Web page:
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Small changes, big impact

Highland Springs’ conservation efforts yield positive results

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April 7th, 2017
Mimi O’Neill (center, in green) tests residents’ recycling knowledge during the 2016 Earth Day Expo at Highland Springs.

Mimi O’Neill (center, in green) tests residents’ recycling knowledge during the 2016 Earth Day Expo at Highland Springs.

Did you know? 

According to Waste Management, the average American will throw away 600 times the amount of his or her adult weight in garbage. A 150-pound person, for instance, will discard 90,000 pounds of trash.

Reduce, reuse, recycle—the longtime mantra of conservation efforts—takes on new meaning when you consider these statistics from the Environmental Protection Agency:

  • Aluminum can be recycled using less than 5% of the energy used to make the original product.
  • Preventing one ton of paper waste saves between 15 and 17 mature trees.
  • The energy saved from recycling one glass bottle will operate a 100-watt lightbulb for four hours.

Increasing conservation efforts

At Highland Springs, the Erickson Living community in North Dallas, residents are implementing small changes that will have a significant impact over time.

Before John Glover moved to Highland Springs, his recycling efforts mainly consisted of setting the recycling bin on the curb for collection in his Houston neighborhood.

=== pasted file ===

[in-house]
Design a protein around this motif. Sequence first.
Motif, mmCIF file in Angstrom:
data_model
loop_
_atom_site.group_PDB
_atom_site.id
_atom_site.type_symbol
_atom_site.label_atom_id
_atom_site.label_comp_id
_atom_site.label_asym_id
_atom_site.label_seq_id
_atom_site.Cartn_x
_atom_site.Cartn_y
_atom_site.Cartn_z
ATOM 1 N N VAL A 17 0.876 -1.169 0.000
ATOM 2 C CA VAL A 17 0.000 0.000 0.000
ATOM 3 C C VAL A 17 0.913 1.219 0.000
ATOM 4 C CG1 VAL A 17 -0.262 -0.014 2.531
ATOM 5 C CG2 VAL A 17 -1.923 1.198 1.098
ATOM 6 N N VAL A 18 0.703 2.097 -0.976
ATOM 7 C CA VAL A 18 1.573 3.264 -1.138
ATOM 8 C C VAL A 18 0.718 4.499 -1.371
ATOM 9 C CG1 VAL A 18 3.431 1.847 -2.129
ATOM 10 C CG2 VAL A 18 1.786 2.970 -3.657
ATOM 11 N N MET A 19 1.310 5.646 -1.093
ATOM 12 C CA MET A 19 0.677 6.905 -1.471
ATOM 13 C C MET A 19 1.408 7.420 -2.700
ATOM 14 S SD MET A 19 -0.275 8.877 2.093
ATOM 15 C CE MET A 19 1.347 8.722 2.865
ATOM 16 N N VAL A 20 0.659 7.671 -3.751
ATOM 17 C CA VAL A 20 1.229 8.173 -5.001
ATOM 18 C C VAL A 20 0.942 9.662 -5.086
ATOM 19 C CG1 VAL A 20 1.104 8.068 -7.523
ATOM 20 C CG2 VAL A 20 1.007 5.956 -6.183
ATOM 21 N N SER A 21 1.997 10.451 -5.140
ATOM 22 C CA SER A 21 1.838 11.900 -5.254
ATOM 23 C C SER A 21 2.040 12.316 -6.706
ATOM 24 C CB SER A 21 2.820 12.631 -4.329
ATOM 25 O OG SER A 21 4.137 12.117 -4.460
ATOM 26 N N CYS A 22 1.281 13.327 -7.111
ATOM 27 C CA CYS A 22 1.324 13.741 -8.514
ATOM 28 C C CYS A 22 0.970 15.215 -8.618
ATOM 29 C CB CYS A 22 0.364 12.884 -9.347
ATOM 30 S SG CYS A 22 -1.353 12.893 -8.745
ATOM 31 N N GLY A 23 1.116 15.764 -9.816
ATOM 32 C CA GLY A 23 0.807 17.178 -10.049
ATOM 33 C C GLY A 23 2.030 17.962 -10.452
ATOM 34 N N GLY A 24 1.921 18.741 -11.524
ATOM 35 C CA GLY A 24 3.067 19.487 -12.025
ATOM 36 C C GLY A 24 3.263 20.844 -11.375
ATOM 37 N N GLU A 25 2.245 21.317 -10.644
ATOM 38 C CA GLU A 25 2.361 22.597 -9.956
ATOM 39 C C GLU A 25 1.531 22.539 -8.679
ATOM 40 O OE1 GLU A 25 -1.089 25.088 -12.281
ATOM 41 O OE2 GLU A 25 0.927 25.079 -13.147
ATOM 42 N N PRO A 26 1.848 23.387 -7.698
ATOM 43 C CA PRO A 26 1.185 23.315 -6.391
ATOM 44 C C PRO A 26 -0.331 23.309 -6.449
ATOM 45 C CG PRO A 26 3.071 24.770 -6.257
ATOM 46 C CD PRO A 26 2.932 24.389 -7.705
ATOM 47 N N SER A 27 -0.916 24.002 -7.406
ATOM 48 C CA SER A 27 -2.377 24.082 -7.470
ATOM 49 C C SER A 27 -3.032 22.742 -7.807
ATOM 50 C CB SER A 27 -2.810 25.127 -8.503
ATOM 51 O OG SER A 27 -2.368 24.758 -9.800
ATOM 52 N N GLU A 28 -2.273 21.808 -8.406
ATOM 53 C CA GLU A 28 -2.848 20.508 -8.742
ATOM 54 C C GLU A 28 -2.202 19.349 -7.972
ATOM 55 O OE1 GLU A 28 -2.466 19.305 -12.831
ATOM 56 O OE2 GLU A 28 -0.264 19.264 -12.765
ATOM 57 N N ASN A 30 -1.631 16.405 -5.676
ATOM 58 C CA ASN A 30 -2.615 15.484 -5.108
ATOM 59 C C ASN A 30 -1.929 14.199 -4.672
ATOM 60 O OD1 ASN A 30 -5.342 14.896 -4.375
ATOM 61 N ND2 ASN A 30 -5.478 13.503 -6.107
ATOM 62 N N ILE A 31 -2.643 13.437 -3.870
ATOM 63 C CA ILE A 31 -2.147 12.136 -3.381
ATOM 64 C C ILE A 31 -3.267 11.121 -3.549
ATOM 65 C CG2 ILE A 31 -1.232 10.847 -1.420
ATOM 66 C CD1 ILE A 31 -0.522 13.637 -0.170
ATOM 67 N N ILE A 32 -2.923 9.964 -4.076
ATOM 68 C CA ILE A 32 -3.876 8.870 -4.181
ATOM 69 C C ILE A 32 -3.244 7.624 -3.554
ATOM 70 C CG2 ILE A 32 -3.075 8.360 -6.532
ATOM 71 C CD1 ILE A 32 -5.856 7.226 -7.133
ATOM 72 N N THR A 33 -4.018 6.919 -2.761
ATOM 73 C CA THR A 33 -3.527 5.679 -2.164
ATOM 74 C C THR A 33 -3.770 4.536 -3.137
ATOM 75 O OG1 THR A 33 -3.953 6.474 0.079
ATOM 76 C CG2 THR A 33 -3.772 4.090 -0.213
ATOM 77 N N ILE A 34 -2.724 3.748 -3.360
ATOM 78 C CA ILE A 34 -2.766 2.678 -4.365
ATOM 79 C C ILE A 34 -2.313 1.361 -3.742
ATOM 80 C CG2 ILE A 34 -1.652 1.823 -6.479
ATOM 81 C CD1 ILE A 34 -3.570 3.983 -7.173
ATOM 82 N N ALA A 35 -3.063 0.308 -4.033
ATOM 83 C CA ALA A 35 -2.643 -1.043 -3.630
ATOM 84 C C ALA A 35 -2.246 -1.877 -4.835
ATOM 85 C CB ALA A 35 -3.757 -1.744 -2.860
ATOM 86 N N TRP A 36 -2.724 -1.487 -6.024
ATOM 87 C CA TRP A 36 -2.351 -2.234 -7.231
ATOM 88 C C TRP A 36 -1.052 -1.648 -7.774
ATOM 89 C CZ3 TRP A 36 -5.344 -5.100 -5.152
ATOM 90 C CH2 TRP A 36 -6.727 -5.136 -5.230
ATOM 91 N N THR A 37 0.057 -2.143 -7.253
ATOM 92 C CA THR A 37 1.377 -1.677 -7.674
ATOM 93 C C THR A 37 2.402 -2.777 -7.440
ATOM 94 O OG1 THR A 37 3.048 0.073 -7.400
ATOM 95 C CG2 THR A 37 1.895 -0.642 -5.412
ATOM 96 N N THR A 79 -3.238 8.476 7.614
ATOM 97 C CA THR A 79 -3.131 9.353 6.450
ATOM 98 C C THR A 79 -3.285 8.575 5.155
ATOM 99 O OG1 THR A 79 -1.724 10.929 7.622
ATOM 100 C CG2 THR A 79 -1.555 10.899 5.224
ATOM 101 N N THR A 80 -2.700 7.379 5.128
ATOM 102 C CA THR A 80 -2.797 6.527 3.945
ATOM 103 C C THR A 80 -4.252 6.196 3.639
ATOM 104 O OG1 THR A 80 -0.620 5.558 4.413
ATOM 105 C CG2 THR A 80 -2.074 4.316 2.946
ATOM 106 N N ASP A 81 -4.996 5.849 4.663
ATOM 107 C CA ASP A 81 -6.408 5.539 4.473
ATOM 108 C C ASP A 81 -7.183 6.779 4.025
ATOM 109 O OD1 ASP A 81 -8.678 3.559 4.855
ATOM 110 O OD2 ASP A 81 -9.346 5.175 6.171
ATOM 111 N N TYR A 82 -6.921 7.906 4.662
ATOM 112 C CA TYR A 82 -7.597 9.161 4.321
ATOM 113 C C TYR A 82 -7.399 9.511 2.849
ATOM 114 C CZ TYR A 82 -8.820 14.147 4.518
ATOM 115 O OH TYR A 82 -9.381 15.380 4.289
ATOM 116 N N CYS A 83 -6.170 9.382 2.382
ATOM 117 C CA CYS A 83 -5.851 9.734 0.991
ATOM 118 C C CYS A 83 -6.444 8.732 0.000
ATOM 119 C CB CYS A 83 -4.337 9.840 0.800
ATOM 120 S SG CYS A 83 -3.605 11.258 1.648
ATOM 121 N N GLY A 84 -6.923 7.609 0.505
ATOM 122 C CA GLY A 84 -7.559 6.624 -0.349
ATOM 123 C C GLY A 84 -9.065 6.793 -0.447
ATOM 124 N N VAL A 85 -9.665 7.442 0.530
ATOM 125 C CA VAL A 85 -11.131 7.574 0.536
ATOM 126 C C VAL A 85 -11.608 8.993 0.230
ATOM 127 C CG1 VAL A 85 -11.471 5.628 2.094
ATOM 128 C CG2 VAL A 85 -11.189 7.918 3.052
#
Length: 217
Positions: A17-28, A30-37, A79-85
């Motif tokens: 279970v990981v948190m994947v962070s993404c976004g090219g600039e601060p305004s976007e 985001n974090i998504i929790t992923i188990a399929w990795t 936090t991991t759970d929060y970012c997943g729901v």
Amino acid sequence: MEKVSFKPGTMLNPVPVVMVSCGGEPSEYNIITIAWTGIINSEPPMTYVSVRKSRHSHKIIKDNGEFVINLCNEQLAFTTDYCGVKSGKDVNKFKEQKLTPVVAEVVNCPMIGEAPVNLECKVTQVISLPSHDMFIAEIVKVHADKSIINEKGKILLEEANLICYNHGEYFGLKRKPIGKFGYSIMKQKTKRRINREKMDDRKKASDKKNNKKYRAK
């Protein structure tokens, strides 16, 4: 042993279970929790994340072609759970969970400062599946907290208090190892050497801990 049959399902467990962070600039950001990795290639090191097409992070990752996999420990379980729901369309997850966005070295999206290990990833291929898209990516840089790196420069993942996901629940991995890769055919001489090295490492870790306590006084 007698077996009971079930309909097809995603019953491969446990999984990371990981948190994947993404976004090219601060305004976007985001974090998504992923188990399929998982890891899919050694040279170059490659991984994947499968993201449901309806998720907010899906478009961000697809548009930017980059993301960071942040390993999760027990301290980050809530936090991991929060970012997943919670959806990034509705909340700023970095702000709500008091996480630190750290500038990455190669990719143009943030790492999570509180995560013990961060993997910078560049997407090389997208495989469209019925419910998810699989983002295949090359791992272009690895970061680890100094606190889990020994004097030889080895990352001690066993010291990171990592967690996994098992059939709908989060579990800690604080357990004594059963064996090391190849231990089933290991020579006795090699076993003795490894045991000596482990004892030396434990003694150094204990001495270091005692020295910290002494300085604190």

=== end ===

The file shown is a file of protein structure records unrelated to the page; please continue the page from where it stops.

Now John is stepping up his commitment to environmental protection. He’s the 2017 chairman of the Highland Springs’ Conservation Committee, a group that meets monthly to increase awareness of conservation efforts at the North Dallas community.

“There are plenty of recycling opportunities at Highland Springs, and our goal is to encourage residents to take advantage of those opportunities,” says John, a father of 3, grandfather of 12, great-grandfather of 1, with another great-grandchild on the way. “It’s in all our best interest to do our part for the planet.”

Doing their part

Currently, Highland Springs has contracted with Progressive Waste Solutions to collect residents’ paper, magazines, newspapers, cardboard, glass, most plastics, steel and tin, and aluminum for recycling.

Residents place their recyclables in a designated bag and set them outside their door for collection every Tuesday. Additionally, ten rooms in common areas have designated recycling containers.

“Our newest residence buildings, Willow Ridge and Pecan Grove, have recycling containers on each floor,” says John. “The goal is to make recycling as easy and convenient as possible.”

Residents also have the opportunity to recycle other items they no longer need. The community’s on-site resale shop accepts furniture, housewares, and home décor. Residents can drop off eyeglasses for recycling in the community’s medical center, and they can leave shoes in the receptacle just inside the on-site fitness center.

This month, Highland Springs residents can learn more about the community’s ongoing commitment to earth-friendly practices at the Earth Day Expo, scheduled for Wednesday, April 26.

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